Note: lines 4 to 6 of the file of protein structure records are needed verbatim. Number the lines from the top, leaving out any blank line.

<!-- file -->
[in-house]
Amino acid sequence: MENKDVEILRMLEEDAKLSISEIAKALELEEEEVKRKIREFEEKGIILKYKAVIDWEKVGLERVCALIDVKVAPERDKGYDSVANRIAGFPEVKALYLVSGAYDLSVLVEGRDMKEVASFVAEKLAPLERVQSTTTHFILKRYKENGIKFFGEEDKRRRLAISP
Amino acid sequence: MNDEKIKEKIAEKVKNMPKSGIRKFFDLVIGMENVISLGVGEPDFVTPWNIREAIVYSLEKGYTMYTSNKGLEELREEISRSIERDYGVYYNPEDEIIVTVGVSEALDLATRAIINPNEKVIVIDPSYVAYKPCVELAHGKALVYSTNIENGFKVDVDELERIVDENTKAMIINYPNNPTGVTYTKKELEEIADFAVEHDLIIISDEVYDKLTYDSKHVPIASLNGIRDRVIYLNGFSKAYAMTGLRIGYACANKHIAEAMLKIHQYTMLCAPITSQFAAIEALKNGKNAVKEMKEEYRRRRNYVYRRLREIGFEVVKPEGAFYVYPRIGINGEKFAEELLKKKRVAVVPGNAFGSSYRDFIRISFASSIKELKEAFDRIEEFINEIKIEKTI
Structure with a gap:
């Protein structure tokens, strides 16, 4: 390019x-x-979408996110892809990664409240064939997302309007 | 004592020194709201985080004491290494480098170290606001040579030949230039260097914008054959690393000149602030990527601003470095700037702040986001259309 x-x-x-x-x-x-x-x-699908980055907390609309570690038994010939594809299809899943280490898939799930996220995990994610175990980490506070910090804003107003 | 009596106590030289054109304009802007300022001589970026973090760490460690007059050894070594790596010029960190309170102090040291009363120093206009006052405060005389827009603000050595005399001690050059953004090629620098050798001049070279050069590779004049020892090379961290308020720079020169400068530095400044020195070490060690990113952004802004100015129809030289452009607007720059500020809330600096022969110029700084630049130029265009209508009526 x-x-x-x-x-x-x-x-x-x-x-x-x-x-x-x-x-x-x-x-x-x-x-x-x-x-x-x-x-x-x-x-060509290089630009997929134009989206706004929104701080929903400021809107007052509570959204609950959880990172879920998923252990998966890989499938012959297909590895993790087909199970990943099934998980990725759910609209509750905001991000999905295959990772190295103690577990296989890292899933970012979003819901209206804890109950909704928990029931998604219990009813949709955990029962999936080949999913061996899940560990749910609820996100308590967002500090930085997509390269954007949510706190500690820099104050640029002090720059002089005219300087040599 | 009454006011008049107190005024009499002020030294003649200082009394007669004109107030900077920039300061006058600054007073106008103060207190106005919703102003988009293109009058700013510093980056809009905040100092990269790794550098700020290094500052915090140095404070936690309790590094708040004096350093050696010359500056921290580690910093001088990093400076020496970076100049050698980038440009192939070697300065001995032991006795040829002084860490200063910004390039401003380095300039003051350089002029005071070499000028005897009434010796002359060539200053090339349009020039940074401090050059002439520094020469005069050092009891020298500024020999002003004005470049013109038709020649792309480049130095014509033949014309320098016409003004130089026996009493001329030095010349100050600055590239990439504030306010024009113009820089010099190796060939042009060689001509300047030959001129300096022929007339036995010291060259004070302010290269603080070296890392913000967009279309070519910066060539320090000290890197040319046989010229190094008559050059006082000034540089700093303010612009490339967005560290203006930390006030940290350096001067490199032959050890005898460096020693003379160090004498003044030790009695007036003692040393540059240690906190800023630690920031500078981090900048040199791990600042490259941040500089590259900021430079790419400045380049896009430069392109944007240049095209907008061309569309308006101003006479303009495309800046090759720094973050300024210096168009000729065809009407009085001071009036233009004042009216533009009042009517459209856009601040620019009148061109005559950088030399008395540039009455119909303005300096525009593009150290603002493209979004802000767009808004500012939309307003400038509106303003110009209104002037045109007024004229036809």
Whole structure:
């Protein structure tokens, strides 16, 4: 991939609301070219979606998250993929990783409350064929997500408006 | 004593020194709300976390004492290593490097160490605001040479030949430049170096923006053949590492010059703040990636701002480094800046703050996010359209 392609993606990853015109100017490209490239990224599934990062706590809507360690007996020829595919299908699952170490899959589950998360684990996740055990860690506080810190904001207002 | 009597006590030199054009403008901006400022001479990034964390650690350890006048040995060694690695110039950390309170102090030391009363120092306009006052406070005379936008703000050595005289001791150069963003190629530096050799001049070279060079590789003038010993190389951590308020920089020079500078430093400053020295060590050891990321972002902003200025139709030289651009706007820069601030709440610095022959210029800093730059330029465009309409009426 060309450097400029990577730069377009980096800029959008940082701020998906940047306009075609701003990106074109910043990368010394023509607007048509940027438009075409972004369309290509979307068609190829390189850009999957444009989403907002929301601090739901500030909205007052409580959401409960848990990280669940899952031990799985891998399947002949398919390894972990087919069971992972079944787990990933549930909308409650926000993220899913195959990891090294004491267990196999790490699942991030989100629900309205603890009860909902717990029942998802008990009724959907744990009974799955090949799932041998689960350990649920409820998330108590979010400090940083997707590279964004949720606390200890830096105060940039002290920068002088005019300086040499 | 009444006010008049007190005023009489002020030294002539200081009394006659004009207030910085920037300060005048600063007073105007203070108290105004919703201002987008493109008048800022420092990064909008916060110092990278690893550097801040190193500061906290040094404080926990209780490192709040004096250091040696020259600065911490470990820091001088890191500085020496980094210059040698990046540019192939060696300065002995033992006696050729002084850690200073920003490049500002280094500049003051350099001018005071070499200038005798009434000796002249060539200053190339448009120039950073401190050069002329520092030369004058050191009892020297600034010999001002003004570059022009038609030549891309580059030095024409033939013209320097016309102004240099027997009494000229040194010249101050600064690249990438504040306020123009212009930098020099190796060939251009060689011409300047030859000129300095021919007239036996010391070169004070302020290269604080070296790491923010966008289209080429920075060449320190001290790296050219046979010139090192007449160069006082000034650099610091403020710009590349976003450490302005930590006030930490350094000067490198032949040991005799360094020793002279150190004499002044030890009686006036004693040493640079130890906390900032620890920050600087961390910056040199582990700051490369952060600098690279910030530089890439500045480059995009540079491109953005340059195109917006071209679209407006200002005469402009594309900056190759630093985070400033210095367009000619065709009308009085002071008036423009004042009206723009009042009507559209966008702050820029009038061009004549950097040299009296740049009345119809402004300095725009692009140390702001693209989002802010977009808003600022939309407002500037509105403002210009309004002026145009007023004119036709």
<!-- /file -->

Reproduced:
Structure with a gap:
């Protein structure tokens, strides 16, 4: 390019x-x-979408996110892809990664409240064939997302309007 | 004592020194709201985080004491290494480098170290606001040579030949230039260097914008054959690393000149602030990527601003470095700037702040986001259309 x-x-x-x-x-x-x-x-699908980055907390609309570690038994010939594809299809899943280490898939799930996220995990994610175990980490506070910090804003107003 | 009596106590030289054109304009802007300022001589970026973090760490460690007059050894070594790596010029960190309170102090040291009363120093206009006052405060005389827009603000050595005399001690050059953004090629620098050798001049070279050069590779004049020892090379961290308020720079020169400068530095400044020195070490060690990113952004802004100015129809030289452009607007720059500020809330600096022969110029700084630049130029265009209508009526 x-x-x-x-x-x-x-x-x-x-x-x-x-x-x-x-x-x-x-x-x-x-x-x-x-x-x-x-x-x-x-x-060509290089630009997929134009989206706004929104701080929903400021809107007052509570959204609950959880990172879920998923252990998966890989499938012959297909590895993790087909199970990943099934998980990725759910609209509750905001991000999905295959990772190295103690577990296989890292899933970012979003819901209206804890109950909704928990029931998604219990009813949709955990029962999936080949999913061996899940560990749910609820996100308590967002500090930085997509390269954007949510706190500690820099104050640029002090720059002089005219300087040599 | 009454006011008049107190005024009499002020030294003649200082009394007669004109107030900077920039300061006058600054007073106008103060207190106005919703102003988009293109009058700013510093980056809009905040100092990269790794550098700020290094500052915090140095404070936690309790590094708040004096350093050696010359500056921290580690910093001088990093400076020496970076100049050698980038440009192939070697300065001995032991006795040829002084860490200063910004390039401003380095300039003051350089002029005071070499000028005897009434010796002359060539200053090339349009020039940074401090050059002439520094020469005069050092009891020298500024020999002003004005470049013109038709020649792309480049130095014509033949014309320098016409003004130089026996009493001329030095010349100050600055590239990439504030306010024009113009820089010099190796060939042009060689001509300047030959001129300096022929007339036995010291060259004070302010290269603080070296890392913000967009279309070519910066060539320090000290890197040319046989010229190094008559050059006082000034540089700093303010612009490339967005560290203006930390006030940290350096001067490199032959050890005898460096020693003379160090004498003044030790009695007036003692040393540059240690906190800023630690920031500078981090900048040199791990600042490259941040500089590259900021430079790419400045380049896009430069392109944007240049095209907008061309569309308006101003006479303009495309800046090759720094973050300024210096168009000729065809009407009085001071009036233009004042009216533009009042009517459209856009601040620019009148061109005559950088030399008395540039009455119909303005300096525009593009150290603002493209979004802000767009808004500012939309307003400038509106303003110009209104002037045109007024004229036809």
Whole structure: